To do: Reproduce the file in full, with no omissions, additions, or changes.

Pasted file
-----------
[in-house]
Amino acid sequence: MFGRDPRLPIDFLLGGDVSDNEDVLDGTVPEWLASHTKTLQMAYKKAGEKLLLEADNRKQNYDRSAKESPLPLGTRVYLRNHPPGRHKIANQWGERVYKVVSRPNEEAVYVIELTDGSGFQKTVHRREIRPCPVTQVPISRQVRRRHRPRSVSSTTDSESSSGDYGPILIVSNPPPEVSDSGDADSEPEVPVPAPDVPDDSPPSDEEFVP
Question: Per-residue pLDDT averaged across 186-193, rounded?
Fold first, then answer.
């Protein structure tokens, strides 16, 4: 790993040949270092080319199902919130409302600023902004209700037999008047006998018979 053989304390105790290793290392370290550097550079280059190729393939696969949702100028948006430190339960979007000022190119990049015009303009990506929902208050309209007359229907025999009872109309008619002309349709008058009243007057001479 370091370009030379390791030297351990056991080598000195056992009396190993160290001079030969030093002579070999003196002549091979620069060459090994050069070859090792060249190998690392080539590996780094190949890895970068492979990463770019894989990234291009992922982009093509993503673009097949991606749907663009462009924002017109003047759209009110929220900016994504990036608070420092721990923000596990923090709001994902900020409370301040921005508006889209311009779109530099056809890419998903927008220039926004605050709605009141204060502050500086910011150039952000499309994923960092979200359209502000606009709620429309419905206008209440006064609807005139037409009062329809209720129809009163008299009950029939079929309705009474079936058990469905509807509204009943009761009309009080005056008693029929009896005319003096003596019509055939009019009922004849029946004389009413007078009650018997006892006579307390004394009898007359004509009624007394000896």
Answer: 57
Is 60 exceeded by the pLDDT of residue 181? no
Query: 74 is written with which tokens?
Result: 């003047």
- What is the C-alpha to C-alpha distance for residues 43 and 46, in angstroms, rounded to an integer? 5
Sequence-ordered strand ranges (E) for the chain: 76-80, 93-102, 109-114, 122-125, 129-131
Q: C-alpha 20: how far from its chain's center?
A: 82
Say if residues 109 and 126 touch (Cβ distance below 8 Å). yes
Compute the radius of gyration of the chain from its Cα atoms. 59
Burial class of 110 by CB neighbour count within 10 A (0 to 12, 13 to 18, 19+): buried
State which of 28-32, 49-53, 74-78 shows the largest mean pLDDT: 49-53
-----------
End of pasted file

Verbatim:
[in-house]
Amino acid sequence: MFGRDPRLPIDFLLGGDVSDNEDVLDGTVPEWLASHTKTLQMAYKKAGEKLLLEADNRKQNYDRSAKESPLPLGTRVYLRNHPPGRHKIANQWGERVYKVVSRPNEEAVYVIELTDGSGFQKTVHRREIRPCPVTQVPISRQVRRRHRPRSVSSTTDSESSSGDYGPILIVSNPPPEVSDSGDADSEPEVPVPAPDVPDDSPPSDEEFVP
Question: Per-residue pLDDT averaged across 186-193, rounded?
Fold first, then answer.
């Protein structure tokens, strides 16, 4: 790993040949270092080319199902919130409302600023902004209700037999008047006998018979 053989304390105790290793290392370290550097550079280059190729393939696969949702100028948006430190339960979007000022190119990049015009303009990506929902208050309209007359229907025999009872109309008619002309349709008058009243007057001479 370091370009030379390791030297351990056991080598000195056992009396190993160290001079030969030093002579070999003196002549091979620069060459090994050069070859090792060249190998690392080539590996780094190949890895970068492979990463770019894989990234291009992922982009093509993503673009097949991606749907663009462009924002017109003047759209009110929220900016994504990036608070420092721990923000596990923090709001994902900020409370301040921005508006889209311009779109530099056809890419998903927008220039926004605050709605009141204060502050500086910011150039952000499309994923960092979200359209502000606009709620429309419905206008209440006064609807005139037409009062329809209720129809009163008299009950029939079929309705009474079936058990469905509807509204009943009761009309009080005056008693029929009896005319003096003596019509055939009019009922004849029946004389009413007078009650018997006892006579307390004394009898007359004509009624007394000896």
Answer: 57
Is 60 exceeded by the pLDDT of residue 181? no
Query: 74 is written with which tokens?
Result: 């003047």
- What is the C-alpha to C-alpha distance for residues 43 and 46, in angstroms, rounded to an integer? 5
Sequence-ordered strand ranges (E) for the chain: 76-80, 93-102, 109-114, 122-125, 129-131
Q: C-alpha 20: how far from its chain's center?
A: 82
Say if residues 109 and 126 touch (Cβ distance below 8 Å). yes
Compute the radius of gyration of the chain from its Cα atoms. 59
Burial class of 110 by CB neighbour count within 10 A (0 to 12, 13 to 18, 19+): buried
State which of 28-32, 49-53, 74-78 shows the largest mean pLDDT: 49-53